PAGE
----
Belfast man back home in Ireland four months after suffering 'devastating blow' to the head in Australian attack

Belfast man Michael Hyndman, who is now back home in Ireland and on the road to recovery after a so-called one punch attack said he wants to "move forward in life"

A BELFAST man who was left fighting for his life after he suffered a "devastating blow" to the head in Australia has arrived back home and says he now plans to "move forward in life".

Michael Hyndman had to be placed in an induced coma after he was assaulted in a one-punch-attack at New Year, leaving his "life hanging in the balance".

The 23-year-old had moved to Australia with his girlfriend to start a new life and had been due to to start training with Craobh Phadraigh GAA club in Sydney when the attack happened.

On New Year’s Eve his family in Belfast was told he was in hospital after sustaining a head injury in an altercation.

It is understood that one person was arrested and has been charged in connection with the attack.

Fearing for his life, relatives flew out to be by his bedside.

Placed in an induced coma, Mr Hyndman had to undergo surgery to remove part of his skull to reduce pressure on his brain.

In the wake of the attack his family set up a GoFundMe page to raise money to fund his treatment. To date, the campaign has raised almost £19,000.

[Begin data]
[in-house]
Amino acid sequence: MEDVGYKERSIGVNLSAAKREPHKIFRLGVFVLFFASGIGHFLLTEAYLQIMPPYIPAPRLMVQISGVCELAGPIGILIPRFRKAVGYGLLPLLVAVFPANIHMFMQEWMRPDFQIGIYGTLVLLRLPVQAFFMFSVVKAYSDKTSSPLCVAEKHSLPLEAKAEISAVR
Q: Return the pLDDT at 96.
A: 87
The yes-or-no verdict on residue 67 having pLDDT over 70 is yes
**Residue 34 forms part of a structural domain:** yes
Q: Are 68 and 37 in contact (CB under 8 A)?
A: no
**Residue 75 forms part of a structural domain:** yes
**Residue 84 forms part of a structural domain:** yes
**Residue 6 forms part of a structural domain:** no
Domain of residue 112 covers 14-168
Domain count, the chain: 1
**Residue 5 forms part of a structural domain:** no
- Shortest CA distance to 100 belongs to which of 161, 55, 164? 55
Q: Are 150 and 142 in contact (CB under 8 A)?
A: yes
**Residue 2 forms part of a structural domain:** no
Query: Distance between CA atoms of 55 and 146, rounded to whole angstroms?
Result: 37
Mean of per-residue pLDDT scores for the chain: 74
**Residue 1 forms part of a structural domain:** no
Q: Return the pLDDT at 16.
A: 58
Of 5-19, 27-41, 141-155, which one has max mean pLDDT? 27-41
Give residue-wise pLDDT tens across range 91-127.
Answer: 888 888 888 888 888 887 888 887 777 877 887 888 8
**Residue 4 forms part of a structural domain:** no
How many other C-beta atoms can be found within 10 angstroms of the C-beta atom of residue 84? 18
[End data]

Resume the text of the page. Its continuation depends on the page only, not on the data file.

Four months on, and following two operations and a "whole lot of determination", the quantity surveyor has arrived back in Northern Ireland where he will continue his recovery which he has described as "phenomenal".

"And if I’m totally honest, I don’t think this would have been the case if it wasn’t for my friends, my family, colleagues and the many selfless people who don’t even really know me, yet donated to my cause," he said.

"I feel nothing but the utmost respect and heartfelt gratitude toward you. Your generosity made it possible for me to have my family at my bedside when I needed it most.

"You supported us financially while I was initially fighting just to stay alive, throughout my life changing surgeries and even through many weeks of tough rehabilitation".

Mr Hyndman said he wanted "to thank everyone who has supported me and my family at this changing point in our lives".

And he urged people to be aware of the consequences that might result from "a one-punch".

"To make sure that people fully understand the consequences of throwing just one punch.

"It was just one punch that not only put an abrupt end to our new year celebrations but has completely overshadowed, what was to be ‘our new and exciting chapter’ in our life.

"Thankfully I am here to tell the tale and I hope that by sharing my story people will realise the dangers involved. Life is too precious".

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